Michael Moorcock: The Coming of the Terraphiles. (Random House/BBC Digital, 2010)
Author: I’ve written this amazing fantasy novel set in a beautiful forest with all kinds of interesting creatures.
Editor: Well, actually I’m looking for a sci-fi novel.
Author: Oh, well I can move it to space, no problem.
Editor: Oh good. Who are the characters?
Author: I have this amazing set of sisters …
Editor: Ehm – I need a guy as the main character with a girl sidekick.
Author: I can fix that as well.
Author: And then the guy and girl fall in love at the end.
Editor: No … they are actually more like travelling mates.
Author: Oh – well, I can do that. And then they travel through space on an enormous spaceship.
Editor: More like they travel in an old blue policebox – it’s called a Tardis.
Author: A Tardis? Never heard of it. But don’t worry – I can make it work.
Editor: Just ditch the Tardis and use the spaceship – it’s easier that way. But the guy has to have something called a sonic screwdriver.
Author: Sonic screwdriver? Well, he dosn’t have to use it much does he, ’cause I don’t really know what that is.
Editor: No problem. Just mention it a couple of times.
Author: Sure thing. Does this character have a name.
Editor: Yeah, Doctor Who.
Author: Wasn’t that like cancelled many years ago?
Editor: Yeah, but it’s back.
Seriously, this is what this book felt like. Like it was just some generic book and then the author made some minor adjustments and voila – it became a Doctor Who novel. Now, I really liked shared universes – but I hate them so much too and this book is the reason why. At no point does it feel like a Doctor Who novel. It takes more than just calling the main character the Doctor and then naming his companion the right name. This did not feel like Eleven and Amy.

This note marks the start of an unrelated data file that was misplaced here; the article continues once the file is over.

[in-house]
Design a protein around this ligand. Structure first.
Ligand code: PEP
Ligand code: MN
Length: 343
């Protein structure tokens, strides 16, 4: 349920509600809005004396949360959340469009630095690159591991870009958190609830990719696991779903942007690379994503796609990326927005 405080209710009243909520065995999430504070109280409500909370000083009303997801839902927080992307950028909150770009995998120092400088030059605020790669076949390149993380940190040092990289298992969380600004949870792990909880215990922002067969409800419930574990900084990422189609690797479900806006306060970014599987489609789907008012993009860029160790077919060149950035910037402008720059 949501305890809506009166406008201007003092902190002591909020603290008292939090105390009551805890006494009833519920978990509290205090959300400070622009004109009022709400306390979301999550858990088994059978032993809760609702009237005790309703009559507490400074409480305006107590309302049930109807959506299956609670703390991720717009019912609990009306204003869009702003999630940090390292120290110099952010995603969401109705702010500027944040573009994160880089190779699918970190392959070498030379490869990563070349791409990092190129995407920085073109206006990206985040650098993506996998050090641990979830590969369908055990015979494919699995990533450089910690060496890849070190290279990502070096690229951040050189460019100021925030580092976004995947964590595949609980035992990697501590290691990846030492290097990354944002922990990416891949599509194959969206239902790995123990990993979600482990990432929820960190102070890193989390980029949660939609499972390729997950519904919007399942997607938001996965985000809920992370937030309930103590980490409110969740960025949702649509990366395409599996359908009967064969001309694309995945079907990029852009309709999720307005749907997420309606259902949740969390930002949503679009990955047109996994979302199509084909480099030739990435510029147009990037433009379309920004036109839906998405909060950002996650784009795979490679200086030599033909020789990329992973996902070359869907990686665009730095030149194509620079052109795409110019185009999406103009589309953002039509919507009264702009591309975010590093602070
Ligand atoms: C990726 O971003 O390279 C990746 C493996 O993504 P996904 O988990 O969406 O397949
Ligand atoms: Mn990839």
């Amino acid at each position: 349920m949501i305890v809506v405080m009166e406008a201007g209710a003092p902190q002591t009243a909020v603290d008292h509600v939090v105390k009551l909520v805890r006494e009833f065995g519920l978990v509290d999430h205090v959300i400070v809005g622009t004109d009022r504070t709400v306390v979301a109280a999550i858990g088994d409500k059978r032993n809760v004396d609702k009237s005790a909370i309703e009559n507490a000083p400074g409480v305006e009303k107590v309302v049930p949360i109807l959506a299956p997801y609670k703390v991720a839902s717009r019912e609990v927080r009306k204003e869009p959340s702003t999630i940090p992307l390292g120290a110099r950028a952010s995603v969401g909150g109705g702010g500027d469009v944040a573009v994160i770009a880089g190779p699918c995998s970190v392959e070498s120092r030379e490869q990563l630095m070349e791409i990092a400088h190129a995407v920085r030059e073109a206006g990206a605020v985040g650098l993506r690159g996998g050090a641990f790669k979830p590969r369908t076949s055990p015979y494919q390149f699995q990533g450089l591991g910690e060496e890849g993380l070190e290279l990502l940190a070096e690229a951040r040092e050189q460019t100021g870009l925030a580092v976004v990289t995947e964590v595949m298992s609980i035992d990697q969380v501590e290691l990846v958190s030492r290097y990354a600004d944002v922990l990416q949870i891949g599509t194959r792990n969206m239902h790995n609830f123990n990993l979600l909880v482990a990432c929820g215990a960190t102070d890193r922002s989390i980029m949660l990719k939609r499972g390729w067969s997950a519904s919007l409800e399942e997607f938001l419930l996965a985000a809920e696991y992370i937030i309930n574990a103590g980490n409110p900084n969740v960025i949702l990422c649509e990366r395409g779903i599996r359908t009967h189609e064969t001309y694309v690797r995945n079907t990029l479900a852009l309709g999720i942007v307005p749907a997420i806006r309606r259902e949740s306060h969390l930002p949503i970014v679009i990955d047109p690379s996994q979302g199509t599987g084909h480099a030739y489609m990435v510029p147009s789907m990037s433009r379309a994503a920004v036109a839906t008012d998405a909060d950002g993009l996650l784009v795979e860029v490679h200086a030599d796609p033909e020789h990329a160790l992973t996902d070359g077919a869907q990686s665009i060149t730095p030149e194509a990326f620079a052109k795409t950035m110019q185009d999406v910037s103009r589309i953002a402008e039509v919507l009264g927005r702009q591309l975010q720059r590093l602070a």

The story itself is some weird story involving reenactment of old Robin Hood type games, a stolen hat, a big tournament with only three teams (the Visitors, the Turists and the Gentlemen) and for the first big part of the book, it really didn’t make any sense at all. I had no clue as to what was going on. Villains cruised in and out of the book with no time to get to know – or dislike – them. None of the characters really stepped out of the book, neither the good or the bad buys. And the plot … well, it didn’t make much sense and you just kind of tried to read on, read on, desperately trying to get to the end in the hope that something would stand out towards the end.
And when you finally arrive at the end, it’s rather obvious – and not at all worth the time you spent getting there.
It all just tied together so neatly – too neatly: ‘We’re stranded here – maybe forever. But oh – see, the notorious villain comes to our rescue even though the odds against him finding us is staggering. But luckily he had something to guide him to us because someone else had foreseen this whole thing so tada – everything ties together in a neat little bow.’
Looking back, there were about two things I really liked about the book. I liked the idea of the part of the tournament where the contestants had to crack nuts with huge hammers without damaging the nut and there was a nice scene towards the end where we loose one of the main characters. This scene was the only one in the entire book where I felt an emotional contact to any of the characters and that’s just not enough.
Of course it didn’t help that the e-book suffered from some very bad formatting, the title showing up in the middle of sentences all over the book. It definitely did not add to my reading experience but at the same time, this book was so bad already that it just added to my already bad experience.
This is one of very few books that I wouldn’t recommend – the only other one I can think of is The Tommyknockers by Stephen King. It’s been several years since I’ve read it – or I should say tried to read it – and I couldn’t finish it. This one I finished – but it really wasn’t worth it.